- Resurrection and Sacraments in the Systematic Theology of Albert the Great
Current theological thought across various fields emphasizes the synthetic and holistic nature of Christ’s saving work. For example, consider the use of the term “Paschal Mystery” by the second Vatican Council1 and the language of “the Christ event” in Biblical studies.2 Even Heideggarian theologians who use the language of “symbolic recognition” see the sacraments as moments when Christians recognize and affirm their connectedness to the whole mystery of Christ.3 Conversely, ulta-traditionalist authors combat the idea of Paschal mystery, charging that the connection of the resurrection to the sacraments undercuts Christ’s propitiatory sacrifice.4 While Albert the Great does not, of course, speak directly to current sacramental concerns, he does provide a theology which both links and distinguishes the passion and resurrection as causes of the sacraments.
Two main concerns inform the way in which Albert understands the relationship of the resurrection to the sacraments. First, he wants to safeguard the unique value of the cross as redemptive. Second, he wants to do justice to the places where St. Paul speaks about the resurrection as the model of our justification (as in Romans 6:4) and places where the liturgy references the resurrection. As he works within these parameters, Albert [End Page 57] articulates a theology in which the resurrection as an event expresses the truth of Christ’s divinity and models the divinization bestowed upon humanity. It persists as an enduring reality in the person of the Christ sharing in his causality as a channel of grace to the mystical body.
For this discussion, the most important text is Albert’s Commentary on the Sentences. I also draw on his early works: De sacramentis, De incarnatione, and De resurrectione, and his late De mysterio missae and De corpore domini. Albert’s De sacramentis, De incarnatione and De resurrectione were written in the early 1240s during his time in Paris while serving as Master of Theology at the University of Paris.5 Although stand-alone works, they form a loose series along with De coaequaevis and De homine.6 These three relevant works follow the structure of Lombard’s Sentences and likely are transcriptions of part of an early seminar on Lombard’s Sentences.7 Generally much simpler in content, their theology diverges in places from the decisions made later by Albert in writing his Sentences Commentary.8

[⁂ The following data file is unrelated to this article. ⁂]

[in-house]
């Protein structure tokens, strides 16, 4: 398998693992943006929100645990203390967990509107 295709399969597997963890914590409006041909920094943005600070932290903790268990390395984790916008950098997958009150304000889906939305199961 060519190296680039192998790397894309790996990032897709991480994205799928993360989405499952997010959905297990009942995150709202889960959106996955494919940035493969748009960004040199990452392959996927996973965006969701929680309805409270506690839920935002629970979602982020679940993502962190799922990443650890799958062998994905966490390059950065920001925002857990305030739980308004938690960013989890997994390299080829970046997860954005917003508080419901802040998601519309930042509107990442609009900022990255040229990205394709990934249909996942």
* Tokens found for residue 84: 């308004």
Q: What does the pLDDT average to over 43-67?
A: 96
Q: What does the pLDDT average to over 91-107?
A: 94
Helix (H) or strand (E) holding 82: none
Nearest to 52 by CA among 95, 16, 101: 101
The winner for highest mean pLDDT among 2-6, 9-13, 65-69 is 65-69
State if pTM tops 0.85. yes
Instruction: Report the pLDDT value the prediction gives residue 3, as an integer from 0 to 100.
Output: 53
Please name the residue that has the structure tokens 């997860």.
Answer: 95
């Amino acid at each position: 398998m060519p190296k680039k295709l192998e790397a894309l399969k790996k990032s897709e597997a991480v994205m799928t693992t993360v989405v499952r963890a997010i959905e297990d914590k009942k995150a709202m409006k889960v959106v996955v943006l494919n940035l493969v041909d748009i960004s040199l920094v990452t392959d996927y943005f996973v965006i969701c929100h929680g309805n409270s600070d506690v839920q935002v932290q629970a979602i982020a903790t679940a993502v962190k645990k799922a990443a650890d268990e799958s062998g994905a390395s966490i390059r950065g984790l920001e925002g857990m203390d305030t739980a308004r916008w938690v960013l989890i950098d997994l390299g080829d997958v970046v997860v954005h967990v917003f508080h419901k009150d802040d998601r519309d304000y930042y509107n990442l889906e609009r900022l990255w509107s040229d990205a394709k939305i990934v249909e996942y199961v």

Albert began work on his Commentary on the Sentences in the early 1240s while he was in Paris. He completed it in the latter part of the same decade while at the Dominican house in Cologne, Germany.9 Albert wrote the sections of his commentary in this order: 1, 3, 2, 4, so there was a gap between his writing of on book 3, which contains Christology, [End Page 58] and book 4, which contains his sacramental doctrine.10 The Sentences Commentary is Albert’s most careful and detailed and therefore his most important work with regard to sacramental theology.
Albert’s De corpore domini was written near the end of his life in the 1270s. There has been debate about authorship of this work, but even those who question direct Albertine authorship recognize that it is based on his theology.11 De corpore domini is a devotional and pastoral work, arranged around six names given to the Eucharist: grace, gift, food, communion, sacrifice, and sacrament. De corpore domini intersperses meditative sections more characteristic of earlier monastic theology with more scholastic sections which echo the structure and content of articles found in Albert’s Sentences Commentary.12 It is a companion work to De mysterio missae, a commentary on the prayers and actions of the Mass.13 While Albert has also written commentaries on the Gospels, this study will confine itself to his systematic works.
Redemption and Justification
Let us turn to Albert’s first concern, that Christ’s passion and death be given their due as the cause of salvation. Albert’s theology of redemption focuses strongly on Christ as satisfying for sin and meriting grace for humanity. Because of these emphases, much of his...